By GABRIEL GOODWIN
Sunday Times Newspapers
WYANDOTTE — The $350,000 deal between Hotel Sterling and the city for the Sears building property recently came to a halt, so the council approved a second, similar option Monday.
City Administrator Todd Drysdale said the city received two offers for the property in late 2012 and the city accepted the bid from Hotel Sterling owners Ken and Rebecca Wickenheiser. The second bid proposal for the property by Daly Real Estate Services did not match the economic impact of a boutique hotel at the time, Drysdale said, so the city moved forward with the hotel.
The city approved the sale of the property June 17, 2013 and approved the tax-exempt status of the new commercial endeavor June 24. A tentative closing date was initially set July 15, 2013 so the construction could begin shortly thereafter and the entire renovation would have been completed around July 14, 2014.
Despite the initial quick pace, the developers hit a speed bump and Drysdale gave a hint that it may have been financial. He said there were documents required by the Michigan Economic Development Corp. to finalize a $458,000 grant awarded to the Wickenheisers for the redevelopment of the property, but the government entity told him those documents were not received by the required deadline.
The grant they received could not be transferred to another developer even though it would be used for the same property, Drysdale said, but the new developer could apply for any money available through the MEDC. He told the council the discussions with the MEDC revealed there was still a significant amount of money that was available for a similar project.
“Although the city has actively pursued the Hotel Sterling proposal from Ken and Rebecca Wickenheiser, it appears at this time that they are unable to meet the commitments associated with redevelopment of this property,” Drysdale said. “Our conversations with the MEDC discovered that state grant funding, up to $1 million, could be obtained by the developer if certain requirements are met in a timely manner.
“The ability to have significant, timely performance by the developer is essential to ensure that MEDC grant funding for redevelopment of this building remain in the city of Wyandotte. In order to meet the state’s timeframe, the city reached out to Daly Real Estate Services to determine if there was interest in the project.”
A signed purchase agreement, the proper financing, approved construction documents, and other significant documents would need to be forwarded to the MEDC for review and approval. Daly Real Estate Services owner Joseph Daly expressed enough interest in redeveloping the property that he drafted a proposal and submitted a purchase agreement to the council for $350,000 Monday.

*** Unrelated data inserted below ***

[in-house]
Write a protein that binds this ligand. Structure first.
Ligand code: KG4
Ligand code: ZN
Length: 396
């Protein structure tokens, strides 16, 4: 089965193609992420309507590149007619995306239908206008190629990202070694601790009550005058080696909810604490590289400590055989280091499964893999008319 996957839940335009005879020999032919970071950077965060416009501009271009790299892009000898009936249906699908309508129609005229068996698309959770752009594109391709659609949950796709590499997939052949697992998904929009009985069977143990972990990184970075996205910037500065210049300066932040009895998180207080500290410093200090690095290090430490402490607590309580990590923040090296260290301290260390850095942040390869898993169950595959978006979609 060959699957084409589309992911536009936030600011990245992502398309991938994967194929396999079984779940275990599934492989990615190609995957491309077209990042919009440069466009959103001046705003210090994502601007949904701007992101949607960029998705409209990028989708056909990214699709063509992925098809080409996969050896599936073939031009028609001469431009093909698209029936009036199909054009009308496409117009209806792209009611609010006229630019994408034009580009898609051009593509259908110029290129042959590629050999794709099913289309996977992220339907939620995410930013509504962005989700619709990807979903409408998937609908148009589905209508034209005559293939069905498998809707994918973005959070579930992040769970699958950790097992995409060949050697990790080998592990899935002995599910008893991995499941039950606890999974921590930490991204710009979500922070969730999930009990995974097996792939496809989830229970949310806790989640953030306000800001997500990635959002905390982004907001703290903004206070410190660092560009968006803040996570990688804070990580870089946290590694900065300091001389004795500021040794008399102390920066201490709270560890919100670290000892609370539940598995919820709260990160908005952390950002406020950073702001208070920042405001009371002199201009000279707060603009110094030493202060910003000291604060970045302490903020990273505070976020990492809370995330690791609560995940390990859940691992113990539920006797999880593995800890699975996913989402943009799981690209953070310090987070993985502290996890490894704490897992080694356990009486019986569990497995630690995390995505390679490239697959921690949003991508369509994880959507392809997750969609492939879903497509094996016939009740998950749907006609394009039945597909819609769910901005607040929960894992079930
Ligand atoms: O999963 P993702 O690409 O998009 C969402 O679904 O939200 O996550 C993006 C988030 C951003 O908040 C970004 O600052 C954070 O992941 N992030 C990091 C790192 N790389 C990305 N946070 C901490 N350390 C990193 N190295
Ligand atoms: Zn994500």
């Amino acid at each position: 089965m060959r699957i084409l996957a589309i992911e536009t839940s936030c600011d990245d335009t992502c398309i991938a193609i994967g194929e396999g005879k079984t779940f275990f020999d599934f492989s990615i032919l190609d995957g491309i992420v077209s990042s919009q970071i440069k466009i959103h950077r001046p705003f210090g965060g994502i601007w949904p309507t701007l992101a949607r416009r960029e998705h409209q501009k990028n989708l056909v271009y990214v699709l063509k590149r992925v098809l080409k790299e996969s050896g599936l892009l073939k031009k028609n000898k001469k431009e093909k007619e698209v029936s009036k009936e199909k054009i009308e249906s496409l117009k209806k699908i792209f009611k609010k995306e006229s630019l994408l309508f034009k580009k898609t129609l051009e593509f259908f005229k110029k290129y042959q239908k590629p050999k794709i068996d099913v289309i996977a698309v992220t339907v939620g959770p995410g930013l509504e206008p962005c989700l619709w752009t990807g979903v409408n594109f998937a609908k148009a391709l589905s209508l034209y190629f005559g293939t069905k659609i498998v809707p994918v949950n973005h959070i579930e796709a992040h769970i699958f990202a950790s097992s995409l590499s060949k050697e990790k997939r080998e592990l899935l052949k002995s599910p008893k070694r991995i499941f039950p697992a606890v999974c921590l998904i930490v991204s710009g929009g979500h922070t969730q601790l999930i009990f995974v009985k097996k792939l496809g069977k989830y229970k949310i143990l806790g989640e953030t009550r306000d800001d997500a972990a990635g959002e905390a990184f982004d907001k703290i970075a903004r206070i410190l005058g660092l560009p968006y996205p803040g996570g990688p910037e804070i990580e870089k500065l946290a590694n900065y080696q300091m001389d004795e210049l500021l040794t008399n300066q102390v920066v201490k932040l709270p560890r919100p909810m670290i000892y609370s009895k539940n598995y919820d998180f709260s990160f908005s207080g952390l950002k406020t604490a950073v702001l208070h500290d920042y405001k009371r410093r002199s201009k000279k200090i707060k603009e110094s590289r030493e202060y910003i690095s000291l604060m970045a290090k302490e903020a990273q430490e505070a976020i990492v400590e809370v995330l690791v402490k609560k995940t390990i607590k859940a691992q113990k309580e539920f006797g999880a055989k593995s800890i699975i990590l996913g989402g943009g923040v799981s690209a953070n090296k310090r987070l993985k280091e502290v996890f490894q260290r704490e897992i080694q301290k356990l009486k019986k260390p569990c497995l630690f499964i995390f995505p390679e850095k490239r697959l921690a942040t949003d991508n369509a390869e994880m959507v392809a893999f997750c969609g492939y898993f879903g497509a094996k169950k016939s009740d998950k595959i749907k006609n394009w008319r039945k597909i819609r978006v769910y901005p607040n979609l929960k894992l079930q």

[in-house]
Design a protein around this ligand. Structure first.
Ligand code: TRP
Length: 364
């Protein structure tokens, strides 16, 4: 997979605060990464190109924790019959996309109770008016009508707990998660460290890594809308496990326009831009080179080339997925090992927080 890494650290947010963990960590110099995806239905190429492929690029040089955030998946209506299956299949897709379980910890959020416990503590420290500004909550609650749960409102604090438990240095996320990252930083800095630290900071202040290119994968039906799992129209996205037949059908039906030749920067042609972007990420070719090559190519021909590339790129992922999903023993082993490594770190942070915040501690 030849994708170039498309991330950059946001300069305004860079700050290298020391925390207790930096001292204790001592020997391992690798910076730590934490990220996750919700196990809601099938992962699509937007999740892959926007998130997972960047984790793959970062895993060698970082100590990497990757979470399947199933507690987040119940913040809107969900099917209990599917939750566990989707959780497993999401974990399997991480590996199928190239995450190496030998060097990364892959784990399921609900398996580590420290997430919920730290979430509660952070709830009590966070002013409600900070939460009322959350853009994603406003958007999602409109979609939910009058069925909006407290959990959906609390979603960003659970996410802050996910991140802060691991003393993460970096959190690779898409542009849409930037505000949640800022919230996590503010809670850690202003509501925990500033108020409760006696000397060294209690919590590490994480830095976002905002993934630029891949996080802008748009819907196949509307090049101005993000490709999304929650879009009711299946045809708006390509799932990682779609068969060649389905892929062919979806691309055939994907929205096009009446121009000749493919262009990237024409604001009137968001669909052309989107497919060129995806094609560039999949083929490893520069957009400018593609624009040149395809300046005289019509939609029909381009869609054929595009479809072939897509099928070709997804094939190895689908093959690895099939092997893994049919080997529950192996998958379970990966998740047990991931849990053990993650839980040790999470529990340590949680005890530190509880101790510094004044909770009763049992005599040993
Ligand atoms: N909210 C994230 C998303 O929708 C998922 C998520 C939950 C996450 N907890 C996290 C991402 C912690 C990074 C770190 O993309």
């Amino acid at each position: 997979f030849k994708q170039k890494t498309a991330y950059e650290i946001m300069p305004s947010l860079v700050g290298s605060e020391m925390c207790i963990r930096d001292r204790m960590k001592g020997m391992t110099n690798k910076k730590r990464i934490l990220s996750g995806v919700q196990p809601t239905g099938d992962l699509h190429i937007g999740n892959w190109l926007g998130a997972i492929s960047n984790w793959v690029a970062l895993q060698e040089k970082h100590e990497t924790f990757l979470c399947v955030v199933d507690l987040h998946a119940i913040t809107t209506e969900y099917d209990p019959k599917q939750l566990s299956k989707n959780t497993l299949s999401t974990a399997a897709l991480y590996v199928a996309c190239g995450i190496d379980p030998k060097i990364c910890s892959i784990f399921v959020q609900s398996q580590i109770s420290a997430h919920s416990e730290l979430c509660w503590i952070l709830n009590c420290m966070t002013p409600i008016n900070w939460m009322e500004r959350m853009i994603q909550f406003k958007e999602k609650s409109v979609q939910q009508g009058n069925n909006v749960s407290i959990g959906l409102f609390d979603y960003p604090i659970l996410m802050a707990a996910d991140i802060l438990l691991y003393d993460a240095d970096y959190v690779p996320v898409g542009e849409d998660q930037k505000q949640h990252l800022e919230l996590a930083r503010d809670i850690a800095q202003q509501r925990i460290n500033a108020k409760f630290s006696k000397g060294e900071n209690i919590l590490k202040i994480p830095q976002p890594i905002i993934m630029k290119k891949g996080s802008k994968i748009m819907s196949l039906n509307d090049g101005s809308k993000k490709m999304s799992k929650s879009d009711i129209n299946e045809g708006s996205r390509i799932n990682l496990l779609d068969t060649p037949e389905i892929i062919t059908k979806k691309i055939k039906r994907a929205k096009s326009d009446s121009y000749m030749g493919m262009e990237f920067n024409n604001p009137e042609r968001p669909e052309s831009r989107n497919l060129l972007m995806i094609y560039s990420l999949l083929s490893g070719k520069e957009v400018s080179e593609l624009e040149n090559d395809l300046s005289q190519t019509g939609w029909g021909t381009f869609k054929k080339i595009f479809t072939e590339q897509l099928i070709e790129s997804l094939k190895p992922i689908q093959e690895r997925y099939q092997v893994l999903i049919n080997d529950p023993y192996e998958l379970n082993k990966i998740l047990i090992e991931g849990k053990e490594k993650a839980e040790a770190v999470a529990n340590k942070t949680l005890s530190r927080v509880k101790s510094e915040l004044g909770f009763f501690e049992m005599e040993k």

The terms of the sale include a $100,000 down payment and the remaining $250,000 be paid over 18 months. Drysdale said Daly’s proposals is similar to the Hotel Sterling in some context, but the redevelopment of the building into a combined residential and commercial use is where the similarities end.
Hotel Sterling’s original proposal included two phases. The first phase would have created 21 hotel suites, a business center, and a conference room that will double as a banquet facility. A portion of the building also would be prepped — complete renovation of the exterior and plumbing, but the walls and floors will be left plain — for future retail space to be leased.
The building at 3061 Biddle Ave. — a one-story building north of the old Sears building that was included in the purchase — also will be converted to accommodate 21 guest suites, a conference and banquet center, exercise facility and a business center.
The plans for the second phase were to add an additional 12 suites on the third floor of the building, but that phase would have been started when the demand called for the expansion. The total investment in the property would have been $2.5 million when the full project was completed.
According to the developer’s plans and comments by city officials, Daly’s proposal could bring a total investment of approximately $4 million into the building.
The first floor would offer 9,000 square feet for office and retail space while the second and third floor held seven loft-style apartments — ranging from 875 to 1,325 square feet — with balconies on each floor.
The proposal also showed the developer’s interest in installing new windows along north, south and east facades; keeping existing stairways and existing elevator; and modernizing the mechanical systems to meet current building code standards. There also were indications made about upgrading and repairing the existing fire sprinkler system to meet current fire code standards.
The Sears building was constructed in the 1940s by the Sears, Roebuck & Co. and was the largest building between Detroit and Toledo during that time. Sears used the space until 1977 before moving to Lincoln Park.
Since, there have been a variety of business that opened and closed within the space. The majority of the building has remained vacant since 2003.
(Gabriel Goodwin can be reached at [email protected])